Her heads judge for reward, and her priests teach for hire, and her prophets divine for money: yet will they lean upon the LORD, and say, Is not the LORD among us? no evil can come upon us.
Read Chapter 3
George Leo Haydock
Hire. It is not lawful to refuse instruction to those who have nothing; nor must priests act solely for a temporal reward, though reason shows that they should be supported by those whom they have to teach, Matthew x. 8, 10., Galatians vi. 6., and 1 Timothy v. 18. (Calmet)
The judges grew rich by other people's quarrels; and, as all ranks offended, they were justly involved in ruin, ver. 12. (Worthington)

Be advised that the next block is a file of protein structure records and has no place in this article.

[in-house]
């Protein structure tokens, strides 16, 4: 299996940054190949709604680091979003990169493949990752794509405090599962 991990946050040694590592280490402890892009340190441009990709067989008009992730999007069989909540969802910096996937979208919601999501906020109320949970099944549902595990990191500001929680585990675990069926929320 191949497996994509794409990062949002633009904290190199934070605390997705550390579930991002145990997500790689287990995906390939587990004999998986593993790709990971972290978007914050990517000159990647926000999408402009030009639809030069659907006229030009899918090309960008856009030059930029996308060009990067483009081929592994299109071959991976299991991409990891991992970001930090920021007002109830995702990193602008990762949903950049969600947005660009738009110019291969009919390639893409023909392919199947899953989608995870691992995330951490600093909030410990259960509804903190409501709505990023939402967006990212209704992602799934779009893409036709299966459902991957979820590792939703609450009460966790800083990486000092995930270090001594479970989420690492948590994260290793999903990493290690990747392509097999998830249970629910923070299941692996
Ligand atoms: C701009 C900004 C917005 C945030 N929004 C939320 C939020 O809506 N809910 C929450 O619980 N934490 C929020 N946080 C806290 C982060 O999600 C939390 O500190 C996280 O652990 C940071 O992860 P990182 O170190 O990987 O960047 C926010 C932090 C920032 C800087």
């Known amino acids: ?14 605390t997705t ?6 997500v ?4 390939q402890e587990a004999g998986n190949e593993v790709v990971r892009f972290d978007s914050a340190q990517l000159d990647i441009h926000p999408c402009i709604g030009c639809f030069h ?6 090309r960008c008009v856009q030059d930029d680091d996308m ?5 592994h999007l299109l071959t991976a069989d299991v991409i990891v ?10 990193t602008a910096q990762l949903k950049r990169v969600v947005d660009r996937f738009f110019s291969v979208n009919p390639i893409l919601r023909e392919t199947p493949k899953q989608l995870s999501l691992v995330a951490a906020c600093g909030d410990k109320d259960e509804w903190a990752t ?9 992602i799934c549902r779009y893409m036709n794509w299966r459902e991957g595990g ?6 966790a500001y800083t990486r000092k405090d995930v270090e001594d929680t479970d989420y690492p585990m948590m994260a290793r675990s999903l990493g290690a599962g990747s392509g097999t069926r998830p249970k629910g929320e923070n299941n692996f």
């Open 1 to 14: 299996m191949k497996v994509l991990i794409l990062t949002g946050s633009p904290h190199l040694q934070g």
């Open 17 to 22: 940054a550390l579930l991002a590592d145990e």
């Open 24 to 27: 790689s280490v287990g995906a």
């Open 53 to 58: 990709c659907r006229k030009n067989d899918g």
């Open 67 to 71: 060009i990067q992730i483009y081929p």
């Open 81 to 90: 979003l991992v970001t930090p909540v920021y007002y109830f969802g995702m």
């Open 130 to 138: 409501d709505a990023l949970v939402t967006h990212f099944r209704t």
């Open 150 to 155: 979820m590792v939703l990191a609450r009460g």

You are permitted, O priest, to “live,” not to luxuriate from the altar. “The mouth of the ox which treads out the corn is not muzzled.” Yet the apostle “abused not the liberty,” but “having food and raiment” was “thereby content,” laboring night and day that he “might not be chargeable to anybody.” And in his epistles he calls God to witness that he “lived reverently” and without avarice in the gospel of Christ. He asserts this too not of himself alone but of his disciples, that he had sent no one who would either ask or receive anything from the churches. But if in some epistles he expresses pleasure and calls the gifts of those who sent them the grace of God, he gathers not for himself but for the “poor saints at Jerusalem.” But these poor saints were those who of the Jews first believed in Christ and being cast out by parents, kinsmen and connections had lost their possessions and all their goods, the priests of the temple and the people destroying them. Let such poor receive. But ...